Alternatives to Violence Project

AVP in the "Belly of the Beast"

Click here to watch the video “AVP-USA: Belly of the Beast,”
a documentary about an AVP workshop in prison.


The Alternatives to Violence Project (AVP) is a training program enabling participants to deal with potentially violent situations in new and creative ways. Workshops are run by our trained facilitators and are experiential (not based on lectures).

AVP started in prisons in the U.S.A. in 1975, and now also operates in communities, schools, colleges and conflict situations worldwide. We run workshops in prisons, communities, schools, colleges and refugee camps around the world. AVP has done work in over 50 countries, 35 U.S. states, and is in 110 prisons throughout the U.S.  We have provided tens of thousands of workshops impacting hundreds of thousands of individuals.

Our workshops use the shared experience of participants, interactive exercises, games and role-plays to examine the ways in which we respond to situations where injustice, prejudice, frustration and anger can lead to aggressive behavior and violence.
An AVP workshop can help you to:

  • manage strong feelings such as anger and fear
  • deal more effectively with risk and danger
  • build good relationships with other people
  • communicate well in difficult situations
  • recognize the skills you already have and learn new ones
  • be true to yourself while respecting other people
  • understand why conflict happens



The Alternatives to Violence Project began in 1975 after a group of inmates at
Greenhaven Prison in NY formed a group called the “Think Tank”.  They were interested in helping young community offenders keep from spending most of their lives within the prison system, as they were. They were looking to develop a program which would teach these youth how to resolve conflicts nonviolently.  Members of the Think Tank approached Quakers involved in a visitors program to help them in this effort. A number of the men and women involved in the Quaker Project on Community Conflict responded to their request and together they researched what was being done across the country and around the world. Drawing on lessons from Gandhi, the civil rights movement, the Children’s Creative Response to Conflict (CCRC) program and elsewhere the first workshop was put together for Greenhaven in 1975, with assistance of Dr. Bernard Lafayette (a nonviolence trainer with the Student Nonviolent Coordinating Committee), and Lawrence Apsey, a Quaker.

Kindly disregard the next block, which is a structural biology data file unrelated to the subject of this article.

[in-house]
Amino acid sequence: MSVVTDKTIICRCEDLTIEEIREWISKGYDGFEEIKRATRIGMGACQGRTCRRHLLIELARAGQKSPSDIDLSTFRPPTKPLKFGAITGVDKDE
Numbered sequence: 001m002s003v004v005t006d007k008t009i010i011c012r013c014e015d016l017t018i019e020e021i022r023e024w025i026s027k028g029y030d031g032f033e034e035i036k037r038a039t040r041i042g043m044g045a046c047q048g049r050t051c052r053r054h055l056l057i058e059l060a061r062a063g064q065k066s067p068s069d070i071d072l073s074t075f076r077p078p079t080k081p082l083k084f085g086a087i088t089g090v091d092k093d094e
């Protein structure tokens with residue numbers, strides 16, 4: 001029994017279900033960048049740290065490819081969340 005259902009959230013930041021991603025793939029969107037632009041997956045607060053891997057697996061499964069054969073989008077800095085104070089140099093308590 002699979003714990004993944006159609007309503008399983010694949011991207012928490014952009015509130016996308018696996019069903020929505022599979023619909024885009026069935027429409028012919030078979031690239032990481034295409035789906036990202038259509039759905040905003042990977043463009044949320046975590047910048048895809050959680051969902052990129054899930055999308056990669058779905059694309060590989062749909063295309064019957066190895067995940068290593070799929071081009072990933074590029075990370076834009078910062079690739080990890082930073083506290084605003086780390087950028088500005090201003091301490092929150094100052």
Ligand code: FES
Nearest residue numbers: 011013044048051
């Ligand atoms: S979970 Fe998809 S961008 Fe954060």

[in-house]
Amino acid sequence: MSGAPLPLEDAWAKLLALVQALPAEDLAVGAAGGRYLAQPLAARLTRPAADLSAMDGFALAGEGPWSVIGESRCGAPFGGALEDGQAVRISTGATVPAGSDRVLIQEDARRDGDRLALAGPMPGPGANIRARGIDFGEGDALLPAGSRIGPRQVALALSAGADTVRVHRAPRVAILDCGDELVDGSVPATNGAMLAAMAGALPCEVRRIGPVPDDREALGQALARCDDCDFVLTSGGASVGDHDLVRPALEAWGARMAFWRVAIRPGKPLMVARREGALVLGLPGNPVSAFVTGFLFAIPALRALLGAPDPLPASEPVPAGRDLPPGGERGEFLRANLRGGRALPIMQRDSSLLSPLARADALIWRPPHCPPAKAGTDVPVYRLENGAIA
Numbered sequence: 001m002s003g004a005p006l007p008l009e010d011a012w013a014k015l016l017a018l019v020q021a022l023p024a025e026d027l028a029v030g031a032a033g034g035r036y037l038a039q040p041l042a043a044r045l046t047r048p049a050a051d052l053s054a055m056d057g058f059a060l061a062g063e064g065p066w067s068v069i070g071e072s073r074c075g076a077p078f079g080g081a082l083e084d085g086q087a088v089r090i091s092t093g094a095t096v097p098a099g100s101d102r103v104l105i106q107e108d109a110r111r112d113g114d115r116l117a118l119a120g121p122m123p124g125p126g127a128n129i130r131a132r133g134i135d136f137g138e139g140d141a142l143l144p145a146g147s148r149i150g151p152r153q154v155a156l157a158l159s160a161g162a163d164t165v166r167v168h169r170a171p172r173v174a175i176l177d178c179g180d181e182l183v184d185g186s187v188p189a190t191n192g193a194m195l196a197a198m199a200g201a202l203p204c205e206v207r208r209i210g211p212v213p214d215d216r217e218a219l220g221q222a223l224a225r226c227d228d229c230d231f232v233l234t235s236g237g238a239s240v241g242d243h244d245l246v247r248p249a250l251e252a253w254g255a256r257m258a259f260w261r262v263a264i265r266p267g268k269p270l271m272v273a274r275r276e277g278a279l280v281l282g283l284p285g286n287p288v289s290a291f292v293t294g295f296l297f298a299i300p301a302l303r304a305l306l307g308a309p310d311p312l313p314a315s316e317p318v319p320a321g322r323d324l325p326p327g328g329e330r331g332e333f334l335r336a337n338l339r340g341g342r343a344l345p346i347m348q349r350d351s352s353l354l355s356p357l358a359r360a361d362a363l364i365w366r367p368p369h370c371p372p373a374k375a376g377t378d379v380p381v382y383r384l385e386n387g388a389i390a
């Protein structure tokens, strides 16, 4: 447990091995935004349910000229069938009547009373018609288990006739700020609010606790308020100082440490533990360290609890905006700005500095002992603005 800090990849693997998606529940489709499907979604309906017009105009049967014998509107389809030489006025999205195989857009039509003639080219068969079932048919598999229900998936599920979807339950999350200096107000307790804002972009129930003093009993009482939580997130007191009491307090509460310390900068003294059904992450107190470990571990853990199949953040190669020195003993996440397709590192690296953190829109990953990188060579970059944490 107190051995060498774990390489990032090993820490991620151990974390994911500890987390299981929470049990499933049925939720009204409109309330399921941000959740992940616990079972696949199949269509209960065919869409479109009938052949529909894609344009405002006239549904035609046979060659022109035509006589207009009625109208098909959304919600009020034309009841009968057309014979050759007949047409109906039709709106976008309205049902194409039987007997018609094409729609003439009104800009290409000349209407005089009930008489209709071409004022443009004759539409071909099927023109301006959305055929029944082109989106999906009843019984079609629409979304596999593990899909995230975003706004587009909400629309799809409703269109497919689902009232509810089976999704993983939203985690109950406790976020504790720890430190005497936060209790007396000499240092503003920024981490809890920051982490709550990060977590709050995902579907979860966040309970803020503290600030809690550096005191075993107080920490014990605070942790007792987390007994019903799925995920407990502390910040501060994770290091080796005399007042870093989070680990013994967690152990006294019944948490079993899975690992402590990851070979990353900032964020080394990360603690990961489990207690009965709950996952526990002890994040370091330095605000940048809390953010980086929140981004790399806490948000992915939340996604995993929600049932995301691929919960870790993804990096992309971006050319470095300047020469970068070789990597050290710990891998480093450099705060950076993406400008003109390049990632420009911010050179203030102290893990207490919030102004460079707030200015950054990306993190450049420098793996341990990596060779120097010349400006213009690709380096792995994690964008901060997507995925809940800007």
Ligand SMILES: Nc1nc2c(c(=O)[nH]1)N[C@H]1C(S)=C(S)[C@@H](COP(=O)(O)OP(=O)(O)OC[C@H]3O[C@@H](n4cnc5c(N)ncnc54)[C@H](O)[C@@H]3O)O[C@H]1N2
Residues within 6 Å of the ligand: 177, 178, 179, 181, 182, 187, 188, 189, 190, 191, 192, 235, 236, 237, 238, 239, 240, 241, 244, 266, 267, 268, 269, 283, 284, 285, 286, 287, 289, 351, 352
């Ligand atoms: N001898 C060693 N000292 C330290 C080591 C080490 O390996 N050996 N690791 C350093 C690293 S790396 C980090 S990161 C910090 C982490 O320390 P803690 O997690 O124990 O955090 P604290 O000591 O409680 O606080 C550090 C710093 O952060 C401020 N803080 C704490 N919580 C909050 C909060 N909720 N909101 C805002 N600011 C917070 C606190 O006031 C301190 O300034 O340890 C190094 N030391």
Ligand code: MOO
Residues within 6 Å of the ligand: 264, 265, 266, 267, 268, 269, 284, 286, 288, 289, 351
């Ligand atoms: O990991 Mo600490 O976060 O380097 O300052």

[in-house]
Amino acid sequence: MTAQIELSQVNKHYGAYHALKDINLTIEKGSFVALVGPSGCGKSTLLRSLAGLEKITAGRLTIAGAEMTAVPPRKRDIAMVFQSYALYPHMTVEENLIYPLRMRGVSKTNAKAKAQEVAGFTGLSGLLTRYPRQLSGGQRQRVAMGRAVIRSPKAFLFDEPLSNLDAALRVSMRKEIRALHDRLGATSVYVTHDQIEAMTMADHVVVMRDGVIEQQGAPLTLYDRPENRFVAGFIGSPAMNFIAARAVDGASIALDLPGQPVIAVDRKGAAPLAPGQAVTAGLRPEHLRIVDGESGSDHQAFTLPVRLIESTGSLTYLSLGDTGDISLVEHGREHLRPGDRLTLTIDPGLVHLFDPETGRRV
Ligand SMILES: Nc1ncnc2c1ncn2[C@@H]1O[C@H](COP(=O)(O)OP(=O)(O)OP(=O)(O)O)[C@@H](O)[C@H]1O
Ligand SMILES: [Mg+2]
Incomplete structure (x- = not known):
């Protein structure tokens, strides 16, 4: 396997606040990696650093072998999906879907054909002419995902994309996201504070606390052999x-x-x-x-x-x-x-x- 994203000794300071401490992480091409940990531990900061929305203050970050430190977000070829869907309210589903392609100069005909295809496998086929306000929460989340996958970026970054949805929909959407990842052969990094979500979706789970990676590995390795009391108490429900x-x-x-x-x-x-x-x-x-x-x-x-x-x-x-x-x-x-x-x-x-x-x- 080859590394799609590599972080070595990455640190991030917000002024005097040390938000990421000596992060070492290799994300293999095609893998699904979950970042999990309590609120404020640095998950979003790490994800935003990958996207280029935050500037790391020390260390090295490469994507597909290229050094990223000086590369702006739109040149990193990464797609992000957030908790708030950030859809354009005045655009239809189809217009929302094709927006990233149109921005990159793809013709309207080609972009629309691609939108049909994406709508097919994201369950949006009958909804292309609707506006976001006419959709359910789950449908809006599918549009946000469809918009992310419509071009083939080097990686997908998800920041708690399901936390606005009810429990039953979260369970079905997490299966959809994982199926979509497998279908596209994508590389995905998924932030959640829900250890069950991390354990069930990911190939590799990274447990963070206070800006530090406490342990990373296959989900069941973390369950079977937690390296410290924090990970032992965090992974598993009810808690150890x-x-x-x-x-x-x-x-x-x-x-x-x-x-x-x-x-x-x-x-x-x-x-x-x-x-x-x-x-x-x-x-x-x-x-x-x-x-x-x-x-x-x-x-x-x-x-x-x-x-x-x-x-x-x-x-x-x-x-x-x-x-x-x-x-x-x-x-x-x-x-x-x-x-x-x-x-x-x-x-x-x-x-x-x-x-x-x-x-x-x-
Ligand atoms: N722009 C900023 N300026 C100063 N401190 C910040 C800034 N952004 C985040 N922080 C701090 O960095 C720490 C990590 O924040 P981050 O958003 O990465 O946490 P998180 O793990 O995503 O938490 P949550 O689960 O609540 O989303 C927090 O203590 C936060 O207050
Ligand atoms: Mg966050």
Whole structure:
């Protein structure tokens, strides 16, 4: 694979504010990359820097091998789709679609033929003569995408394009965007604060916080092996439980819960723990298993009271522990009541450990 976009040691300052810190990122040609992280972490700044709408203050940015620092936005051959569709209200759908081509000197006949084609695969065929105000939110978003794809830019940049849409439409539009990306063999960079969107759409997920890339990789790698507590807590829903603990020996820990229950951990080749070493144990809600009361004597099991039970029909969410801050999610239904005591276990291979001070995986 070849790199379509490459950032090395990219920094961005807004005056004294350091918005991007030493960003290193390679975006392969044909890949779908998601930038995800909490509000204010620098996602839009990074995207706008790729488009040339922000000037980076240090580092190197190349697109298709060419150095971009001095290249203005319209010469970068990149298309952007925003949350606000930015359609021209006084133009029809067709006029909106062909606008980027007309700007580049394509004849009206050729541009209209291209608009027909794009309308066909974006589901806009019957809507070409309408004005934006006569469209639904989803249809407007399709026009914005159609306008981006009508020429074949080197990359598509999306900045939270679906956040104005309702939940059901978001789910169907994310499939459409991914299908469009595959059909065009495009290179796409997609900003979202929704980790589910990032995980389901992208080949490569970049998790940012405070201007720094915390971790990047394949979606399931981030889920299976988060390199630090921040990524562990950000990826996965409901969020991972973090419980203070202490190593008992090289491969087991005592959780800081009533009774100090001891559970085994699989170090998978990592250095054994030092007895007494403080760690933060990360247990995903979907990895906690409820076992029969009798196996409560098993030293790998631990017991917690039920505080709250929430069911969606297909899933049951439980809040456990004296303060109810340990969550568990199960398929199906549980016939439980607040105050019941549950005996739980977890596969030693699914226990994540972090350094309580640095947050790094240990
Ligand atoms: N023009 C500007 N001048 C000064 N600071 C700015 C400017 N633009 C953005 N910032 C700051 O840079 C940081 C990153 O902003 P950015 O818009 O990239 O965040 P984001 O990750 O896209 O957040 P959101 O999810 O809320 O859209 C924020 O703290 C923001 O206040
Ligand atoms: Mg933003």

The success of the AVP workshop quickly spread by word of mouth. More workshops
were offered, and the program spread rapidly throughout the New York State prison
system. Within a few years, it had spread to other prison systems throughout the country.

Workshops began to be offered, not only in prisons, but in communities and schools, and
also for some businesses, churches, community associations, street gangs, and in
women’s shelters and other locales. It was not long before it workshops were being done in numerous countries around the world. AVP has done workshops now in over 50 countries and 35 states.


AVP workshops are experiential.  There is no lecturing or homework. Participants learn through the shared experiences of the group, interactive exercises, large and small group discussions, games and role-plays to examine the ways in which we respond to situations where injustice, prejudice, frustration and anger can lead to aggressive behavior and violence.  Participants learn to engage conflict in constructive productive ways.
AVP workshops work by creating a strong sense of community and trust among participants and then generating empathy, compassion
There are three levels of workshops:

  • Basic
  • Second Level (Advanced)
  • Training for Facilitators

Individuals generally do one basic workshop and are then free to take as many advanced workshops as they wish. Advanced workshops customarily focus on one principle issue usually selected by the participants. Commonly chosen topics include Anger, Conflict, Communication, Race, Masculinity, Male-Female Communication, and Triggers. We also have several special advanced workshops dealing with Trauma, Shame or Community Discernment.

A full AVP workshop is 18 typically to 23 hours long. Community workshops typically begin on a Friday afternoon or evening and run through the weekend. AVP workshops have profound long lasting impact, changing long term behavior and thinking. For example a study has shown AVP participants in prison have a near 50% lower recidivism rate – measured three years after release from prison.

As one inmate participant put it: “You can’t unlearn this stuff!”